China, United States
Abramowitz, Morton, and Stephen Bosworth. Chasing the Sun: Rethinking East Asian Policy. New York: The Century Foundation, 2006.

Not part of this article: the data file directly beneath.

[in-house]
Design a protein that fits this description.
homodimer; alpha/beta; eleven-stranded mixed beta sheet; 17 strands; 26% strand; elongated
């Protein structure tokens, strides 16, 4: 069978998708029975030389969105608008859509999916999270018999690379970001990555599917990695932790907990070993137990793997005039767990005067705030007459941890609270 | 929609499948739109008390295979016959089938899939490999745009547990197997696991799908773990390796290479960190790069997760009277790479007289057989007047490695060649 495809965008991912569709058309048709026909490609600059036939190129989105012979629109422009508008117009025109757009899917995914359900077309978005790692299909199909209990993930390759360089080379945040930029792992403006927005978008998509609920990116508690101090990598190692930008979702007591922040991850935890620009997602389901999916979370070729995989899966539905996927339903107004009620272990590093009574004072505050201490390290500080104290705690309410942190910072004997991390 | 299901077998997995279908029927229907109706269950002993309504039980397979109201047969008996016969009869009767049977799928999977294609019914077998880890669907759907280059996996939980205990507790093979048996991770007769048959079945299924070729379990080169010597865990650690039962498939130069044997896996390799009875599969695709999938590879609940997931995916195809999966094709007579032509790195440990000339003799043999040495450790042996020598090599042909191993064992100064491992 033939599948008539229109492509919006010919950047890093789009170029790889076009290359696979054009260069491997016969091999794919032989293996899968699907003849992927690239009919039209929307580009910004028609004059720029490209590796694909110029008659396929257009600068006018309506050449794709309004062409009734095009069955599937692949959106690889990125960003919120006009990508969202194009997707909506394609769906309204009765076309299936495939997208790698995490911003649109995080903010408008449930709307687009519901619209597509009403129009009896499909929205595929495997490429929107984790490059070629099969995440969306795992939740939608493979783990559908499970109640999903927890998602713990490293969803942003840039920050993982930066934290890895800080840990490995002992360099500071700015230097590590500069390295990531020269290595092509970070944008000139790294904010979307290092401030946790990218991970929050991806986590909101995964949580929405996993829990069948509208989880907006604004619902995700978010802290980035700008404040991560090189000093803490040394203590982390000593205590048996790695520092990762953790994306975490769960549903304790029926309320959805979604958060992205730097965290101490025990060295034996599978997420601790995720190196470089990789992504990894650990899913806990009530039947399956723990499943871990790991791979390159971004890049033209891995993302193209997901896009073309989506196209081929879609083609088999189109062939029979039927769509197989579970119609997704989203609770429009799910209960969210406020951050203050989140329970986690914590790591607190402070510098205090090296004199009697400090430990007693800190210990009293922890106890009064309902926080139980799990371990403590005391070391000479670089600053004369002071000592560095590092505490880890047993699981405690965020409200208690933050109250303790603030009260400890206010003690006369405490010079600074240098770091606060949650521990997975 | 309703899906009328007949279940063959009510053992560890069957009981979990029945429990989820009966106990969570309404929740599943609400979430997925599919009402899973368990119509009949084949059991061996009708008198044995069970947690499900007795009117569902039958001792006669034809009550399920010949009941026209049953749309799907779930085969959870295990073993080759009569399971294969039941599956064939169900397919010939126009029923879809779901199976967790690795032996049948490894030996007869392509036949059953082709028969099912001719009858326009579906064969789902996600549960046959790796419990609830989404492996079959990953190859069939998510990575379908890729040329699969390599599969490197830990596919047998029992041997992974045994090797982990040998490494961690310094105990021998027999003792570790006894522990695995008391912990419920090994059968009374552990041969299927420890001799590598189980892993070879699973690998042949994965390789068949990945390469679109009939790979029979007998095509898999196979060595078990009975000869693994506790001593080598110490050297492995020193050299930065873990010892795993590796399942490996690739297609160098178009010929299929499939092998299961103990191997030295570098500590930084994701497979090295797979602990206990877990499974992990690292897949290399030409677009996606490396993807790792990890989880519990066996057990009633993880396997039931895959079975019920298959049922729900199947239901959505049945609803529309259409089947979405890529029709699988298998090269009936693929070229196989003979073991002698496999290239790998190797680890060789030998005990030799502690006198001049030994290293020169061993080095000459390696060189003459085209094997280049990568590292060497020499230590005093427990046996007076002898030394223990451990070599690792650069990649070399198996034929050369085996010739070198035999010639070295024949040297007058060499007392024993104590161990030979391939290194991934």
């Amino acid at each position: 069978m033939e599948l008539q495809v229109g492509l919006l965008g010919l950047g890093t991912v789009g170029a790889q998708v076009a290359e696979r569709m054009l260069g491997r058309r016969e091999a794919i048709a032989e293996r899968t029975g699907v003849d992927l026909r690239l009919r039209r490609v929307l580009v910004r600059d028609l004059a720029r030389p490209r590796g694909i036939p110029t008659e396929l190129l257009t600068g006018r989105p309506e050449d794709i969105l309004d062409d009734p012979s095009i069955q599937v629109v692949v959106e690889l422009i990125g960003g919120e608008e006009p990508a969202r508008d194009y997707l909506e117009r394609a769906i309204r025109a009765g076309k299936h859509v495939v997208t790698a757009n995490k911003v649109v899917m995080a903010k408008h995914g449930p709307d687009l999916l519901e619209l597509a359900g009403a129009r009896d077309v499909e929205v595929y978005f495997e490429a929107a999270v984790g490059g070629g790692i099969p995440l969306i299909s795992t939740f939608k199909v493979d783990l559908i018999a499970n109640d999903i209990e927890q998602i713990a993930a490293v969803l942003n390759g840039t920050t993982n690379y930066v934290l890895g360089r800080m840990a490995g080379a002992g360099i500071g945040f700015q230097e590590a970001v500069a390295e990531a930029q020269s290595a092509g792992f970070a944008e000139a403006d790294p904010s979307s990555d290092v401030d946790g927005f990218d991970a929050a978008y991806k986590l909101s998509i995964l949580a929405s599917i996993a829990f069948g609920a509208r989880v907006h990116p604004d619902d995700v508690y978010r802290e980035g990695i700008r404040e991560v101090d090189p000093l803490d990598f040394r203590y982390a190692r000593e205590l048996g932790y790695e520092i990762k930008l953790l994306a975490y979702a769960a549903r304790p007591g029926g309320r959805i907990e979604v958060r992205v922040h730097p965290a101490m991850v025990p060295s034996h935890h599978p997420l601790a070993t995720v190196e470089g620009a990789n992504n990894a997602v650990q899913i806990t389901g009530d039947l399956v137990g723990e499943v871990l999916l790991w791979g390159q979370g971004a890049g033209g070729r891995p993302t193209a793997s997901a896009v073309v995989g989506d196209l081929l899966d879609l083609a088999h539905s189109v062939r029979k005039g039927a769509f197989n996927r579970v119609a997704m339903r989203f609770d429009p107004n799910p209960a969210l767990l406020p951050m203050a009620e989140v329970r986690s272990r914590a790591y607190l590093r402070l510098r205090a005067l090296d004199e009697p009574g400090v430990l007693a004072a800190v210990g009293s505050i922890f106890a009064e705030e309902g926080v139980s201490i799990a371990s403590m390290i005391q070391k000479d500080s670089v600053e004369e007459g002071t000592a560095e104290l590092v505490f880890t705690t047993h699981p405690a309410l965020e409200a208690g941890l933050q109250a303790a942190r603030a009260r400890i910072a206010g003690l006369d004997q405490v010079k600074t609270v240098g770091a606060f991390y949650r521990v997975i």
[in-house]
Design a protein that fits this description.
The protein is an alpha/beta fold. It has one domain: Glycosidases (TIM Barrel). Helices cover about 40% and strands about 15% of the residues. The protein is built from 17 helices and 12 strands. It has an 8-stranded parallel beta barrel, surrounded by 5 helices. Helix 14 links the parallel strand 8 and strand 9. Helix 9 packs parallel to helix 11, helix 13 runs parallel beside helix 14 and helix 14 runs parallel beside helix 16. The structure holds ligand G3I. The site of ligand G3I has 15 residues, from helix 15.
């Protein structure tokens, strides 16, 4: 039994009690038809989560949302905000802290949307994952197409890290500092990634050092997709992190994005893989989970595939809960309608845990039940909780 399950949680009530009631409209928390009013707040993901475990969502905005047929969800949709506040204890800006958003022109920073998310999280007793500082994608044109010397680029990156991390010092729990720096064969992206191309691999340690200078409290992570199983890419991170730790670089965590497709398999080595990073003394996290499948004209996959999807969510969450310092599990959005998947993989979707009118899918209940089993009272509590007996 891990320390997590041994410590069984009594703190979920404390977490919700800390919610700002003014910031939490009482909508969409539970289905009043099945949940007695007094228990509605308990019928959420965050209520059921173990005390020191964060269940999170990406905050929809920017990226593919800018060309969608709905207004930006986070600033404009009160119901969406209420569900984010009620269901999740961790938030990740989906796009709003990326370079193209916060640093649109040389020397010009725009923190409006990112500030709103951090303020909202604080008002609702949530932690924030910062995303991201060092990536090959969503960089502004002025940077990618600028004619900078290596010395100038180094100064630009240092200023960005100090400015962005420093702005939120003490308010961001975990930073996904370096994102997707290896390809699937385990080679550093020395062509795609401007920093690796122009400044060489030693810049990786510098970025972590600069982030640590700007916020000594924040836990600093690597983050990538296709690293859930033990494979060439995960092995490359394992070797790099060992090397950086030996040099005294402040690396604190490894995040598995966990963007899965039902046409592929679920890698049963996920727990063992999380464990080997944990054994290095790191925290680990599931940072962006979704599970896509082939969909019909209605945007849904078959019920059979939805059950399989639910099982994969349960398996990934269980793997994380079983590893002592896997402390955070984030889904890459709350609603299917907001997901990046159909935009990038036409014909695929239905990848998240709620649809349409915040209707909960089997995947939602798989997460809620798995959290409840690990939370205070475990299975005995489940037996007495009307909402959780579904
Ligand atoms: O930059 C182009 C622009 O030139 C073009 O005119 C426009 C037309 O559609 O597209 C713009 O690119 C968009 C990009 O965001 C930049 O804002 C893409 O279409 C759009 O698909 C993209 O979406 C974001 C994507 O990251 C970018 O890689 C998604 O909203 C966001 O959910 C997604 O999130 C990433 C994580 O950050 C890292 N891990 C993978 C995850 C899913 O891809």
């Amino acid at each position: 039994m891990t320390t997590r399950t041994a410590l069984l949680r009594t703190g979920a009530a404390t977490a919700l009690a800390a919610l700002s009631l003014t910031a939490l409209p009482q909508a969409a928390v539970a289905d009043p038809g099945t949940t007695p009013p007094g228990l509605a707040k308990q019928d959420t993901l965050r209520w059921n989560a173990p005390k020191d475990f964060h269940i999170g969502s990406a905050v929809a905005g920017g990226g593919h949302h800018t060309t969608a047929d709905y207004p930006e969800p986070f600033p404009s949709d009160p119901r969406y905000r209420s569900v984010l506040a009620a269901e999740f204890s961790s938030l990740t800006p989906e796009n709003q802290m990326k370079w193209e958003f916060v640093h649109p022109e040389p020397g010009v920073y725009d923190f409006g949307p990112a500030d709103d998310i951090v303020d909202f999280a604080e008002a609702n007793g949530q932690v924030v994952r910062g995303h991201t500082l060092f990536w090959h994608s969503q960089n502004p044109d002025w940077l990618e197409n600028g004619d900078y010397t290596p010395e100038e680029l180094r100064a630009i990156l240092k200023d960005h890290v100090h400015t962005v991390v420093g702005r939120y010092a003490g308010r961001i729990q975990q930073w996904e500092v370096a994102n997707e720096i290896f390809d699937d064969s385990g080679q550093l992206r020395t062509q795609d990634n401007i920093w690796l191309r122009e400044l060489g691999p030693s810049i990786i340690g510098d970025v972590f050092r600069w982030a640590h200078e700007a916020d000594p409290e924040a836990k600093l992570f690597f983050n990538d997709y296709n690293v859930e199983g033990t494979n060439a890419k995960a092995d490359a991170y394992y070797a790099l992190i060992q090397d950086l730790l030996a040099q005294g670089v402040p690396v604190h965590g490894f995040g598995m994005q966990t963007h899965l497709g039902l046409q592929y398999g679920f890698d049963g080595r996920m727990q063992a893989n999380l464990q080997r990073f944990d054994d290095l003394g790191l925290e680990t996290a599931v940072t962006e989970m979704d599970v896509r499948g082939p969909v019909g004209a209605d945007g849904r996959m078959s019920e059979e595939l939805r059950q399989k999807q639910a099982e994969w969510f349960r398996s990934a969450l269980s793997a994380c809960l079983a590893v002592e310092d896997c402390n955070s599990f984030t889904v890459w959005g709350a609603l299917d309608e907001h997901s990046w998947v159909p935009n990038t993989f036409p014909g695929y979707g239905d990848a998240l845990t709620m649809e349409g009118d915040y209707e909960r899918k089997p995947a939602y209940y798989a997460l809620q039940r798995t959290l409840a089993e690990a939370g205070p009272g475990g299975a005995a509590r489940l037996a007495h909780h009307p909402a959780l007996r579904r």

During the past half century, U.S. policy in East Asia was guided by a simple dictum: avoid the domination of East Asia by any power other than the United States. Increasingly, however, this policy approach seems questionable in a globalizing world, a massively changed East Asia, and a much deeper U.S. economic involvement in the region. Even as East Asian leaders often tell Americans they want a continued U.S. presence for security purposes, they also fear an American effort to contain China that will put them between a rising regional power and the global superpower, creating dangerous tensions that ultimately would threaten the regions golden gooseChinas powerful economic growth engine. Others, like some Japanese, would welcome a conclusion by the United States that a powerful China ultimately threatens American interests. The Post-American Century in East Asia addresses major policy problems of East Asiafrom the management of our relations with China to the North Korean nuclear problem to the growth of East Asian regionalism. The book answers how, in light of East Asias growing power and influence, the United States can retain influence commensurate with its interests. The transformation of the region requires us to ask whether some longstanding perspectives are still relevant, as well as what changes are needed in American policy.